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Egypt: activist Ziada, sad to say things better under Mubarak

Brotherhood doesn't love women; suffering crisis more

05 April, 13:15

    Dalia Ziada, an Egyptian human rights activist and the director of the Ibn Khaldum Center for Democratic Studies Dalia Ziada, an Egyptian human rights activist and the director of the Ibn Khaldum Center for Democratic Studies

    (by Luciana Borsatti) (ANSAmed) - MARSEILLE - Women are 'an integral part of Egyptian society' though they are suffering the most from the economic crisis which is getting worse every day in Egypt, said in an interview with ANSAmed Dalia Ziada, a human rights activist, blogger and the director of the Ibn Khaldum Center for Democratic Studies. Ziada is in Marseille to attend the Forum promoted by the Anna Lindh Foundation.

    'Over 30% of women are 'caring women' like widows or divorcees who are working to support their families', said the activist. 'They work at a time when men are having a hard time finding a proper job'.

    In the past, said Ziada, poor women benefited from measures supporting their businesses, which were sponsored by Suzanne Mubarak, wife of the president who was toppled in the January 25 revolution. Now 'they have no one sponsoring them', she said.

    The activist, who was awarded a prize in 2010 by the Anna Lindh Foundation, told ANSAmed that 'it is sad to say that the situation for women was much better during the Mubarak era'. 'It was not the best possible but it was still better than today because there was a state which supported women's rights', she noted. 'Suzanne Mubarak was a women's rights activist before being the president's wife and a staunch supporter of new laws in favour of women', continued the activist. 'Now we have a regime which is very hostile to women, an extremist regime of the Muslim Brotherhood which doesn't like women, least of all in public life and the economy'. The regime is so hostile, the activist noted, that it accuses women of 'causing men's unemployment' based on the conviction that if they stayed home their jobs would go to men. 'However it's a problem of qualifications', noted Ziada, which has nothing to do with being women or men.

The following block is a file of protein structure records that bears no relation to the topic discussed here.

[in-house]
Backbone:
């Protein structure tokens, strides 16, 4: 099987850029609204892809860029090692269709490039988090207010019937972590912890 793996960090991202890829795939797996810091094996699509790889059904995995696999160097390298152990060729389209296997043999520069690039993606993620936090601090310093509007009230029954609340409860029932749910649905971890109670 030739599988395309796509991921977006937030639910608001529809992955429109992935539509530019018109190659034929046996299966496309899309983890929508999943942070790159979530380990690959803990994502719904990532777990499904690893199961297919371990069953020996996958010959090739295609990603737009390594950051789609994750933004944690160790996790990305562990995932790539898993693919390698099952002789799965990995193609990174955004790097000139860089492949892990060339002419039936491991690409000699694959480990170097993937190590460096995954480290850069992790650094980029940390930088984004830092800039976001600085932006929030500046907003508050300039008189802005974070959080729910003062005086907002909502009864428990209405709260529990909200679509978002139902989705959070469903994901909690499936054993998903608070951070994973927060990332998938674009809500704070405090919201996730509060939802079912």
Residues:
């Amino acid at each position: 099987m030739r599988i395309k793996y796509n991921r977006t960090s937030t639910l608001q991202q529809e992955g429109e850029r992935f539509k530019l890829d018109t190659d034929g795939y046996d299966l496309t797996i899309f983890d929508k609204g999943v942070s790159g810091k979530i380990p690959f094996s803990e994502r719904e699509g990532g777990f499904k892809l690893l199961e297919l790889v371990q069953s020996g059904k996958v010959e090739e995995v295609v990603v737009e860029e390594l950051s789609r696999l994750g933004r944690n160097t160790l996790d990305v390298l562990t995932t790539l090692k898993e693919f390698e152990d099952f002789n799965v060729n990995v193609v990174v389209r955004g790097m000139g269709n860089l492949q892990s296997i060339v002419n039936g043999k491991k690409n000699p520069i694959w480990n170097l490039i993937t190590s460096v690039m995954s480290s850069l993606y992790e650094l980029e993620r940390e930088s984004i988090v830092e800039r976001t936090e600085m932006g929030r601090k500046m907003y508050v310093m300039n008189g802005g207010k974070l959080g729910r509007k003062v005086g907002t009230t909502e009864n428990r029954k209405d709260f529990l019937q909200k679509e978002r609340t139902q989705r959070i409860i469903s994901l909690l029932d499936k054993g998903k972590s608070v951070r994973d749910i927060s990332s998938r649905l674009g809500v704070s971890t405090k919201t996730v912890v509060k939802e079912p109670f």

Ever since stepping into power, President Mohamed Morsi has started a sweeping campaign to abolish all laws supporting women, the activist also noted, on the grounds that they were passed under the Mubarak era and are therefore 'meaningless'.

    Though it is true that many women close to the regime benefited from them, Ziada said that 'many programmes of the National Council for Women were aimed at poor women living in rural areas, and their objective was to enable them to help change the condition of their families'. This has been the aim pursued by the Ibn Khaldum center for a number of years in a project 'which has been successful but does not have any support now'.

    Talking about genital mutilation, still a widespread practice in rural areas, she said 'the issue exists from previous eras and I, a sort of survivor, have always fought to abolish it. But we are threatened by the fact that the laws making this practice a crime could be abolished. The Muslim Brothers have started a major campaign among the poorest saying it is in agreement with Islamic customs, which is not true, and stating that people should be free to carry it out', she concluded. (ANSAmed)

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